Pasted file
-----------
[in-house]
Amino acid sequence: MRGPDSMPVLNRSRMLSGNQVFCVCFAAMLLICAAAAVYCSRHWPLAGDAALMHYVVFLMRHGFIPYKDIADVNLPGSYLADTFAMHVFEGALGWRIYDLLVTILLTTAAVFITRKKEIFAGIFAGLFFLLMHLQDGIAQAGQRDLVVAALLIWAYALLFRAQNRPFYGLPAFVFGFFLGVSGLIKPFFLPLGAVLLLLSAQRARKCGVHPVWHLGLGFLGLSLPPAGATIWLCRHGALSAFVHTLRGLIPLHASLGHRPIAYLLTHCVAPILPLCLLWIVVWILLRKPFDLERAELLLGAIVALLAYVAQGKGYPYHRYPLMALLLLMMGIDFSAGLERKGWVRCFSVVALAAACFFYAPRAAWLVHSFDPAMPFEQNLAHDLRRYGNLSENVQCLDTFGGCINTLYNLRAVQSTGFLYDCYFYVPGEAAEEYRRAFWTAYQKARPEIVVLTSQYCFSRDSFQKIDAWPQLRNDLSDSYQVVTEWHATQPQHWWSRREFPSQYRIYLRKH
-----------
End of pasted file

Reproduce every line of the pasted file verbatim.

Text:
[in-house]
Amino acid sequence: MRGPDSMPVLNRSRMLSGNQVFCVCFAAMLLICAAAAVYCSRHWPLAGDAALMHYVVFLMRHGFIPYKDIADVNLPGSYLADTFAMHVFEGALGWRIYDLLVTILLTTAAVFITRKKEIFAGIFAGLFFLLMHLQDGIAQAGQRDLVVAALLIWAYALLFRAQNRPFYGLPAFVFGFFLGVSGLIKPFFLPLGAVLLLLSAQRARKCGVHPVWHLGLGFLGLSLPPAGATIWLCRHGALSAFVHTLRGLIPLHASLGHRPIAYLLTHCVAPILPLCLLWIVVWILLRKPFDLERAELLLGAIVALLAYVAQGKGYPYHRYPLMALLLLMMGIDFSAGLERKGWVRCFSVVALAAACFFYAPRAAWLVHSFDPAMPFEQNLAHDLRRYGNLSENVQCLDTFGGCINTLYNLRAVQSTGFLYDCYFYVPGEAAEEYRRAFWTAYQKARPEIVVLTSQYCFSRDSFQKIDAWPQLRNDLSDSYQVVTEWHATQPQHWWSRREFPSQYRIYLRKH